True\False?
For every matrix $A\in M_{2}( \mathbb{C}) $ there's $X\in M_{2}( \mathbb{C})$ such that $X^2=A$.
I know that every complexed matrix has a Jordan form matrix $J$ such that $P^{-1}CP=J$, But it's not diagonalizable for sure.
Thanks
True\False?
For every matrix $A\in M_{2}( \mathbb{C}) $ there's $X\in M_{2}( \mathbb{C})$ such that $X^2=A$.
I know that every complexed matrix has a Jordan form matrix $J$ such that $P^{-1}CP=J$, But it's not diagonalizable for sure.
Thanks
The $2$-by-$2$ matrices with no square roots are precisely those with Jordan form $\begin{bmatrix}0&1\\0&0\end{bmatrix}$. In general, every Jordan block corresponding to the eigenvalue $0$ has to have size $1$ in order for a square root to exist. @Did indicates an elegant way to see this in a comment.
The Wikipedia article on matrix functions indicates how functions can be applied to Jordan blocks provided sufficiently high order derivatives are defined at the eigenvalues, and this includes square root functions. For further details, a wonderful reference is Higham's Functions of matrices: theory and computation. In particular, a sufficient condition for the existence of square roots is that every Jordan block corresponding to the eigenvalue $0$ has size $1$.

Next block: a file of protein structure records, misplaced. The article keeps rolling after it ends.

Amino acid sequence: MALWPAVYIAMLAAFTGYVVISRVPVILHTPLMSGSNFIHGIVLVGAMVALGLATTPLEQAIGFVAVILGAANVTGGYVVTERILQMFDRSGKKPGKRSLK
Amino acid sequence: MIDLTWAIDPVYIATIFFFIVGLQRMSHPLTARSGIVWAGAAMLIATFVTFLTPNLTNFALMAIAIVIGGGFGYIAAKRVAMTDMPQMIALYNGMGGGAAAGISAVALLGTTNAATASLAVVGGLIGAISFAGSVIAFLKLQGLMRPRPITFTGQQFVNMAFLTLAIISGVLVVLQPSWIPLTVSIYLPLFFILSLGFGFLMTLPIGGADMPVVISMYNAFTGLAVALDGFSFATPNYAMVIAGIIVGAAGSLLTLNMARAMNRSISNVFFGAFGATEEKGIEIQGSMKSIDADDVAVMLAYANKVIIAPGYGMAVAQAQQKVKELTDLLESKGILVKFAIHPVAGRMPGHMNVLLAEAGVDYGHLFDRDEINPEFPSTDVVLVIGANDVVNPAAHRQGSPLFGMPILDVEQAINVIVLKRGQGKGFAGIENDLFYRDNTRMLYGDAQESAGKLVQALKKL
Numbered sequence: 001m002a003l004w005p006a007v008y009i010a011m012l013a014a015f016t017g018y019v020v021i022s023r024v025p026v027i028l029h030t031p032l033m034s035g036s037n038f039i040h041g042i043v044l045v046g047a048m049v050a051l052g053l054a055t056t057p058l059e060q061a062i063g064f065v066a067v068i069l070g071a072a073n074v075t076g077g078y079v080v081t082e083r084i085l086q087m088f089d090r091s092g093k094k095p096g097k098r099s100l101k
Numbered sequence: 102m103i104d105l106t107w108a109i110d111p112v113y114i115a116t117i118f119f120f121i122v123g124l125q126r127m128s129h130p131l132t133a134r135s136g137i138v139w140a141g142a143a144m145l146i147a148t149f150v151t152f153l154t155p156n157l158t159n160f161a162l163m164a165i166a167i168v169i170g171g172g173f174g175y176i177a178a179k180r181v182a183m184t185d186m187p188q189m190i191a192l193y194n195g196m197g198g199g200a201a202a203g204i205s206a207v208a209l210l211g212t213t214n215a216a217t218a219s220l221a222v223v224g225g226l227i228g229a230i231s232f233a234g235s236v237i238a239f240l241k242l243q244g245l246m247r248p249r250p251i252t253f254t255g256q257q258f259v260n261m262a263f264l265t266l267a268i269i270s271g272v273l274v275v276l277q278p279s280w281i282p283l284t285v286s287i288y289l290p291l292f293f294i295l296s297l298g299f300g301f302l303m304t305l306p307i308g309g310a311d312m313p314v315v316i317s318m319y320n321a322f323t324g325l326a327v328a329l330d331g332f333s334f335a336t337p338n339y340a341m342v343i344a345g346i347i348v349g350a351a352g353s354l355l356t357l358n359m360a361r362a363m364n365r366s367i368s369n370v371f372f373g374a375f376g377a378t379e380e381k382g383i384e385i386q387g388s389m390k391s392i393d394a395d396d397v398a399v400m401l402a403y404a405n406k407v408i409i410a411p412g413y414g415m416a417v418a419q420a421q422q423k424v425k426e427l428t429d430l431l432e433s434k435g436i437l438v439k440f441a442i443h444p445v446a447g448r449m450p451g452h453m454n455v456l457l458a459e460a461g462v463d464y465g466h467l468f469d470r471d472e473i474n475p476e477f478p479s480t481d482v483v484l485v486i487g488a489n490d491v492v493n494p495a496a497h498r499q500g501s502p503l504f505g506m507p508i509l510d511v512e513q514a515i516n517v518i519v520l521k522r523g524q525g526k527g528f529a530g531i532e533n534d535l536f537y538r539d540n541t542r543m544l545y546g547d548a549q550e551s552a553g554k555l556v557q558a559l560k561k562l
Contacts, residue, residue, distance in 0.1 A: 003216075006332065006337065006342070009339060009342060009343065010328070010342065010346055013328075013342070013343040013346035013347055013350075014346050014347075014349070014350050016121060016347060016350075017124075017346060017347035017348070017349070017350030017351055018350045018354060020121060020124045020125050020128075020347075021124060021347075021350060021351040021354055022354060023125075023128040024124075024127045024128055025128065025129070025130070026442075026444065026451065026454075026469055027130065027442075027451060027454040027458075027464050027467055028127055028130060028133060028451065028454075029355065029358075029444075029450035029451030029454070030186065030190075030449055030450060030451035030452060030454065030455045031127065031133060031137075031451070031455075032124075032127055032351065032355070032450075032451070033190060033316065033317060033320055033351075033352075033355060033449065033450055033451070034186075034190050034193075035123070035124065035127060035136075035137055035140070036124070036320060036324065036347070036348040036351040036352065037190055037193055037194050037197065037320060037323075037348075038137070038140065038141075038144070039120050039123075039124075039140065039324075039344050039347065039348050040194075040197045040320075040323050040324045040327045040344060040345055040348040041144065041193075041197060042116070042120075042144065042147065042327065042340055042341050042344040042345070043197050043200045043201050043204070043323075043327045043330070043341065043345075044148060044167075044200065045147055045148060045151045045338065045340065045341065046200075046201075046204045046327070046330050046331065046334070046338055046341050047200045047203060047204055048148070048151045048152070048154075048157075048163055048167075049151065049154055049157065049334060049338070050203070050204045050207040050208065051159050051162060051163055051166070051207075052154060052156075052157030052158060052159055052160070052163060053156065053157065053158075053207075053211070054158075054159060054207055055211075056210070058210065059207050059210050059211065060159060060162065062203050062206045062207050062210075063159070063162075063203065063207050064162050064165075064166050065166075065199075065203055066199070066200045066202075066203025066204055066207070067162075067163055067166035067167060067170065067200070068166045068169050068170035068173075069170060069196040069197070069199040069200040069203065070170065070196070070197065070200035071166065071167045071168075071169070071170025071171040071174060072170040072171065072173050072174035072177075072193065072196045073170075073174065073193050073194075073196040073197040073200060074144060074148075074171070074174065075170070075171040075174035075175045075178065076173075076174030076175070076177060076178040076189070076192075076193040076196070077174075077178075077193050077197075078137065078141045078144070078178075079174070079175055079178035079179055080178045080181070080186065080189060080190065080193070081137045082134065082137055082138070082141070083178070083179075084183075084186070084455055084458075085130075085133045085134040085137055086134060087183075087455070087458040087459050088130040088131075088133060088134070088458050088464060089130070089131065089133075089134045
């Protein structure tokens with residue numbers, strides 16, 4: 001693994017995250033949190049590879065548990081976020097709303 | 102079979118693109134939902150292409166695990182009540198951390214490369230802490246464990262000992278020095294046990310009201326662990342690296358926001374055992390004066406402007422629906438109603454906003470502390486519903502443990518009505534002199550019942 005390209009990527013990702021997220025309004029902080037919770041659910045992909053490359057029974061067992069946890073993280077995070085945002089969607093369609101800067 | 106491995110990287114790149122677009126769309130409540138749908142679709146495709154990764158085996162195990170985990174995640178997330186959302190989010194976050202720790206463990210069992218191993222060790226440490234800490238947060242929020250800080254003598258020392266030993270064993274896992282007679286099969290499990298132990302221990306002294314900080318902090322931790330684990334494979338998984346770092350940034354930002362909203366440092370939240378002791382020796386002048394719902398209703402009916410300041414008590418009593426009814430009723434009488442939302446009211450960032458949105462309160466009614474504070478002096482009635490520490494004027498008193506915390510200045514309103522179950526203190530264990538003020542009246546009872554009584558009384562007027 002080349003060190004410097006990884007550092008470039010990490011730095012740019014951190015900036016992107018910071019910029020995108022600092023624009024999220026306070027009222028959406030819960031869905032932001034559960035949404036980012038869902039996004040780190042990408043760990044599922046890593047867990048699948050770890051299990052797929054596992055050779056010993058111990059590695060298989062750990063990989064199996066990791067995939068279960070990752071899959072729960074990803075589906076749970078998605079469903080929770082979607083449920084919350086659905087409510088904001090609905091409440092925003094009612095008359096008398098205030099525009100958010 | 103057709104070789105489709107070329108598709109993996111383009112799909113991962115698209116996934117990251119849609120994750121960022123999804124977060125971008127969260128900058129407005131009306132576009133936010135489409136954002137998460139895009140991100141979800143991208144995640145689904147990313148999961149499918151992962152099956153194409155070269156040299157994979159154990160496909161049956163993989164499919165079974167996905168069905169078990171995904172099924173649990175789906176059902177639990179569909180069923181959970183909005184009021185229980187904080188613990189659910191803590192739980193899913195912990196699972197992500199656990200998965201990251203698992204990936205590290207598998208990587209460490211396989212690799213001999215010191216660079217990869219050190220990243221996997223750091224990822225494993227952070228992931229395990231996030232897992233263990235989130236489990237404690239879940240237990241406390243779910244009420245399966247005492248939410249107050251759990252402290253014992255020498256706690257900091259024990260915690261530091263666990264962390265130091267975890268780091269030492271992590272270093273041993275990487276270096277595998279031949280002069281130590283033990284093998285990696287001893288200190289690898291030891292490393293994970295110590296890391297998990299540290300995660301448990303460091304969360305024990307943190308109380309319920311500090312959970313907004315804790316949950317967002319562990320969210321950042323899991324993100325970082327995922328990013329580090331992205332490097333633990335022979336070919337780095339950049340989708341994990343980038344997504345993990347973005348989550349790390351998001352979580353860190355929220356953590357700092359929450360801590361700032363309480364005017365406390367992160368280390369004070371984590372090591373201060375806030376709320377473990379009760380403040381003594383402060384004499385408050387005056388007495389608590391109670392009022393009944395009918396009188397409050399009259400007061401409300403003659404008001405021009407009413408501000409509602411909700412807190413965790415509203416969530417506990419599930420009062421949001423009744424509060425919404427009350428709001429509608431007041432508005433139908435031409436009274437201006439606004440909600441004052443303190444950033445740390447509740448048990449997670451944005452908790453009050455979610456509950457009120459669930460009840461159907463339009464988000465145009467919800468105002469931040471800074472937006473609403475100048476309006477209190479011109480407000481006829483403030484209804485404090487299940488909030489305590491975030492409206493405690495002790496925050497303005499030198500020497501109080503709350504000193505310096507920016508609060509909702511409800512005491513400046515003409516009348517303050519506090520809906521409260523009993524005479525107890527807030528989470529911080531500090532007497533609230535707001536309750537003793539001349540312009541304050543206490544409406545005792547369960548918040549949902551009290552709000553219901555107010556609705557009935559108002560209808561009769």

Thanks to Marc for pointing out errors in the old version. See his answer.
As I was recommended , I figured out the answer, with the help of @Did and @JonasMeyer and here is my full explanation.
If A is diagonalizable, there's nothing to prove, cause we are under $\mathbb C$, so $X$ will be simply the roots of A's eigenvalues in the diagonal.
Let's assume that A is not diagonalizable, we know that every matrix under $\mathbb C$ has a Jordan form, so one of the jordan form that comes to the head is this nilpotent matrix : $A=\begin{pmatrix} 0 &1 \\ 0&0 \end{pmatrix}$ . Let's assume that there's $X$ so that $X^2=A$, and $A^2=0$, so $X^4=0$, so $X$ is nilpotent as well, but it can't be $0$ , so it has to implies $X^2=0$, But $X^2=0\neq A$, Contradiction.
So We find one matrix that does not have such $X$.
This answer is just to indicate that in Jonas Meyer's answer the second sentence "In general..." is not correct: $$\left(\begin{matrix}0&0&1\\0&0&0\\0&1&0\end{matrix}\right)^2=\left(\begin{matrix}0&1&0\\0&0&0\\0&0&0\end{matrix}\right).$$ I mentioned this as comment, but the matrices won't typeset correctly in a comment.
Now that I'm writing an answer anyway, I'll add that for any other $2\times2$ non-diagonalisable matrix, which one can write as $\lambda(I_2+N)$ with $\lambda\neq0$ and $N^2=0$, one can explicitly get a square root $\sqrt\lambda(I_2+\frac12N)$, where $\sqrt\lambda$ is one of the two complex square roots of$~\lambda$. See this answer for the general case of square roots of complex square $n\times n$ matrices.